anthropologys long-term concern with internal
    and transnational migration

Susan Parman, Europe in the Anthropological
Imagination, p. 10
71
(No Transcript)
72
  • on the other hand, Douglass admits that the model
    of community studies dominated the anthropology
    of Europe from about 1950 to 1975

Susan Parman, Europe in the Anthropological
Imagination, pp. 11 - 14
73
  • on the other hand, Douglass admits that the model
    of community studies dominated the anthropology
    of Europe from about 1950 to 1975

Susan Parman, Europe in the Anthropological
Imagination, pp. 11 - 14
74
  • and Douglass suggests that the preference for
    peasant communities is due in part to the
    influence of Radcliffe-Brown and Robert Redfield
    at the University of Chicago

Susan Parman, Europe in the Anthropological
Imagination, pp. 11 - 14
75
  • and Douglass suggests that the preference for
    peasant communities is due in part to the
    influence of Radcliffe-Brown and Robert Redfield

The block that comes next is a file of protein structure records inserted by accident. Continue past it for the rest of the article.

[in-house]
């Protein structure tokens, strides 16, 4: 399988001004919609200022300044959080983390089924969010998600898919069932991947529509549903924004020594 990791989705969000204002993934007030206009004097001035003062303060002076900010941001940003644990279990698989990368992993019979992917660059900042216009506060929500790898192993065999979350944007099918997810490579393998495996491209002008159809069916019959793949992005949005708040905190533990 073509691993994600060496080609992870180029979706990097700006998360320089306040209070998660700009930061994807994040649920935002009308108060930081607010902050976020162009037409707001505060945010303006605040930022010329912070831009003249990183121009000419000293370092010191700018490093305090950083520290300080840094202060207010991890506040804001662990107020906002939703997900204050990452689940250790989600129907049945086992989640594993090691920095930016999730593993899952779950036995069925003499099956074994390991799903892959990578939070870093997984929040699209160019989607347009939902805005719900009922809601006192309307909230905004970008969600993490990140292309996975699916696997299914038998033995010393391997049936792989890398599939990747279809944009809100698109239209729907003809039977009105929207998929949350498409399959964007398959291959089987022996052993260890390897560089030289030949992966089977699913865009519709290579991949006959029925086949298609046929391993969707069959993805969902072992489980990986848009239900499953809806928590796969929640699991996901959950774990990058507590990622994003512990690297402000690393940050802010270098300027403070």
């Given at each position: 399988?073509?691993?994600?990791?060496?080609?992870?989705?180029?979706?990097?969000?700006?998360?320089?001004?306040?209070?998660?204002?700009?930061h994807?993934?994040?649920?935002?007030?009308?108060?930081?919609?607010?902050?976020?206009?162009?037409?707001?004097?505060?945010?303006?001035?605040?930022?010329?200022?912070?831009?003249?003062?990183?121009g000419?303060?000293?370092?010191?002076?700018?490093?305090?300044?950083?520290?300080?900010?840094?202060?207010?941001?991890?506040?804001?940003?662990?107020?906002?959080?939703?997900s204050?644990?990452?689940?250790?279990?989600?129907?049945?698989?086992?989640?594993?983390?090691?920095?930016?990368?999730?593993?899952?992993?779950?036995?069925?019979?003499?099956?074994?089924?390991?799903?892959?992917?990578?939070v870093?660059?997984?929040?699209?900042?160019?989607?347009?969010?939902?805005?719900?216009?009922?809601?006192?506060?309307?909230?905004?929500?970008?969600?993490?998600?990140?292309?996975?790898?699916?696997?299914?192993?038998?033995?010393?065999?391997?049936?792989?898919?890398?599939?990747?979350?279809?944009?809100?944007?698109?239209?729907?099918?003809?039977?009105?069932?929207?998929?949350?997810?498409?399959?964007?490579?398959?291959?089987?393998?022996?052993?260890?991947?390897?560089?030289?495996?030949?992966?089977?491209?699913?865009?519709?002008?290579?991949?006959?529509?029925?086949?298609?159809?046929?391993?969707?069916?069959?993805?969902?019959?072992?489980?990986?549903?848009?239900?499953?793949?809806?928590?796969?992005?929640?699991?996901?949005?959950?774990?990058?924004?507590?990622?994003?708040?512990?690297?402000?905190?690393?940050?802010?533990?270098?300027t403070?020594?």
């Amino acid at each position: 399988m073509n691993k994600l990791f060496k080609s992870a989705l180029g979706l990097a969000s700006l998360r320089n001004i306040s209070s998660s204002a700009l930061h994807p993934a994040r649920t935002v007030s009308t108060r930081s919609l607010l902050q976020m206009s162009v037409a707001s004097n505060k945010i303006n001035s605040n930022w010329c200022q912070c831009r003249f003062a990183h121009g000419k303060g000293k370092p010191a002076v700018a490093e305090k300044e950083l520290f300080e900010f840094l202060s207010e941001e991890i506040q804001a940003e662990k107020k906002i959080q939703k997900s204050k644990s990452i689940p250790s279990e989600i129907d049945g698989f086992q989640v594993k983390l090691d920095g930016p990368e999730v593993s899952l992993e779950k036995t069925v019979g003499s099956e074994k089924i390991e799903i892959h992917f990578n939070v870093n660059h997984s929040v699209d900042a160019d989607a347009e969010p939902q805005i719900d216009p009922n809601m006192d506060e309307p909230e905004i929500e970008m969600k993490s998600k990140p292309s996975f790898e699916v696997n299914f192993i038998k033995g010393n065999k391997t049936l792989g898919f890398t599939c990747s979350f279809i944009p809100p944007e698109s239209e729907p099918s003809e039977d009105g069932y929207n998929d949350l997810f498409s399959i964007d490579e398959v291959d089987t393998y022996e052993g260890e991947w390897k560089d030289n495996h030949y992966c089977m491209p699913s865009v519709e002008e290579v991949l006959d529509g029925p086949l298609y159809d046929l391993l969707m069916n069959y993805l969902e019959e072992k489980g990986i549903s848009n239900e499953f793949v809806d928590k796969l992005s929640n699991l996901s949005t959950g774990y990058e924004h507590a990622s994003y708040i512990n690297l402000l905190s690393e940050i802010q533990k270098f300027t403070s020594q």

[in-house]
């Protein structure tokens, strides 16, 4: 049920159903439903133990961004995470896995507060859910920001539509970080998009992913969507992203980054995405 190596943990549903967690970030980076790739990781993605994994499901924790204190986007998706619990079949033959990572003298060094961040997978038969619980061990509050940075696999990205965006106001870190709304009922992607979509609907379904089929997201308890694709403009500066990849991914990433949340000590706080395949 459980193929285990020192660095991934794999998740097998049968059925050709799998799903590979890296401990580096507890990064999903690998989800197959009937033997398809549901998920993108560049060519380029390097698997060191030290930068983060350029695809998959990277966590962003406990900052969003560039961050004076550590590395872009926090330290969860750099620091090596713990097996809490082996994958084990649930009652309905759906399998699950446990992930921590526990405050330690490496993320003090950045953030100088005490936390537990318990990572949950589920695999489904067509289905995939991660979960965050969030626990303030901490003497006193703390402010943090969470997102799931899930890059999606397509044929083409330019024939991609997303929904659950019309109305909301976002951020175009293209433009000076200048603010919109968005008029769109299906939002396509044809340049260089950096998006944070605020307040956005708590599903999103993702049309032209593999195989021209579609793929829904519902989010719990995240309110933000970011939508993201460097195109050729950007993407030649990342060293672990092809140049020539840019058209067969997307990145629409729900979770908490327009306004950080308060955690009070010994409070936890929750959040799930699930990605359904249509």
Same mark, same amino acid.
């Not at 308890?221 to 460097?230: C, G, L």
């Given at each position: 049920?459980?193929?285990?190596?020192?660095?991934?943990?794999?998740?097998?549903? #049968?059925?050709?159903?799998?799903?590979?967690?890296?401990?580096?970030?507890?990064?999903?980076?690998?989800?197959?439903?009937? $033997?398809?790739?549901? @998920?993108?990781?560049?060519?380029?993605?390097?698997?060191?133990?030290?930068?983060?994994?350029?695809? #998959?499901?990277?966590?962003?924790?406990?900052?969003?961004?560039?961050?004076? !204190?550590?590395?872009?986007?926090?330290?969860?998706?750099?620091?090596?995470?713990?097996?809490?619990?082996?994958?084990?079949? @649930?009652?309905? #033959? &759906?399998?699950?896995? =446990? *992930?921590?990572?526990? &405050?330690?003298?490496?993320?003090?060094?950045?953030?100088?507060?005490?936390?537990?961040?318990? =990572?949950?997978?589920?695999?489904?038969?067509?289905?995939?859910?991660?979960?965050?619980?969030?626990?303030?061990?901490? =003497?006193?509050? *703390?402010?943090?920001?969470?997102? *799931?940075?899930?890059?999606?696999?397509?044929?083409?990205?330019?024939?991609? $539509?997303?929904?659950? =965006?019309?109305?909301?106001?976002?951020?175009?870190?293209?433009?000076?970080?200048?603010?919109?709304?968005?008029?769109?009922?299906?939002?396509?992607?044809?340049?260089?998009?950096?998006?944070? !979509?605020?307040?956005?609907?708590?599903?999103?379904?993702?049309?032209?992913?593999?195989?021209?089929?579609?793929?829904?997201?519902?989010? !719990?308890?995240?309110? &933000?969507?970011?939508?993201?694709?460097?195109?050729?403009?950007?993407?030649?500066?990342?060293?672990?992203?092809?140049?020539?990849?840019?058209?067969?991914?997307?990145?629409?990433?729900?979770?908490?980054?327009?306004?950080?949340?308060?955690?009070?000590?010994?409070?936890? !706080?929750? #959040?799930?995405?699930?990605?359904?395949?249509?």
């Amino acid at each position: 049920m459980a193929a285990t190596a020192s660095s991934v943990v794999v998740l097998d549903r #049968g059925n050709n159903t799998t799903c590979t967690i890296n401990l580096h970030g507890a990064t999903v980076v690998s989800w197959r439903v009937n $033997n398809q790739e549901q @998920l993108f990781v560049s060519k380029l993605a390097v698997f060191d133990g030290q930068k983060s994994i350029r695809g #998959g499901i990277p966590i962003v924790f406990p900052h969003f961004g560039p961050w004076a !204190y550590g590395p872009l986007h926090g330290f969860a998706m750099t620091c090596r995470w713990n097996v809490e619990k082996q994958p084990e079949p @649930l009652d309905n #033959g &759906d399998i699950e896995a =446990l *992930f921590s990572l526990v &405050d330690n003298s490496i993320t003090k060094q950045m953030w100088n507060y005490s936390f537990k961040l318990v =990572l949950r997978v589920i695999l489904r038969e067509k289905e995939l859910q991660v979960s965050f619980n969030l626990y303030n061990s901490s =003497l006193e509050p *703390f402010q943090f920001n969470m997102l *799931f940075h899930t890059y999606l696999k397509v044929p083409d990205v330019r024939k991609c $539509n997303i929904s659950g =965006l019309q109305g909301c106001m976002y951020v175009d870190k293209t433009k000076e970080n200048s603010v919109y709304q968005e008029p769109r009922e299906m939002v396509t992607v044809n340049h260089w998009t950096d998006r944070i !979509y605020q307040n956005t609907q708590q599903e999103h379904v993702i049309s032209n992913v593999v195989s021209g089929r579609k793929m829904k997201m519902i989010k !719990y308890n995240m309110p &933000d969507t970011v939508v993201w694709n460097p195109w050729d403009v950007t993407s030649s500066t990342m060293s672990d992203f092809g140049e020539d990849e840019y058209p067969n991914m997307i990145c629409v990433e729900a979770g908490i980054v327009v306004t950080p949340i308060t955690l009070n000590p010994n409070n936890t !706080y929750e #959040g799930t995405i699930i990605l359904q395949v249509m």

at the University of Chicago

Susan Parman, Europe in the Anthropological
Imagination, pp. 11 - 14
76
Alfred Reginald Radcliffe-Brown
  • 1952 Structure and Function in Primitive
    Society
  • Glencoe, IL. The Free Press
  • 1964 Andaman Islanders
  • Glencoe, IL. The Free Press

77
Classics" in the Anthropology of Europe
Robert Redfield
  • 1930 Tepoztlan, a Mexican Village A Study of
    Folk Life
  • Chicago University of Chicago Press
  • 1941 Folk Culture of Yucatan
  • Chicago University of Chicago Press

78
(No Transcript)
79
  • an important influence on American interest in
    European Spanish studies was an attempt to trace
    Latin American influences back to Spain

Susan Parman, Europe in the Anthropological
Imagination, pp. 11 - 14
80
we will see this video on Tuesday, 10 July 2007
81
  • American anthropologists, studying peasants in
    Mesoamerica using a rural-urban continuum, went
    to Spain and studied peasant communities there

Susan Parman, Europe in the Anthropological
Imagination, pp. 11 - 14
82
  • In the 1960s there was a plethora of review
    articles about peasants
  • Clifford Geertz 1962
  • Ernestine Friedl 1963
  • Robert T. Anderson 1965

Susan Parman, Europe in the Anthropological
Imagination, pp. 11 - 14
83
  • and Susan Freeman went from the University of
    Chicago
  • to do research in Spain
  • influenced not only by the British social
    anthropology presence at Chicago
  • but also by British social anthropologists
    producing seminal studies of Spanish communities
  • (Pitt-Rivers)

Susan Parman, Europe in the Anthropological
Imagination, pp. 11 - 14
84
Julian Alfred Pitt-Rivers
  • 1954 People of the Sierra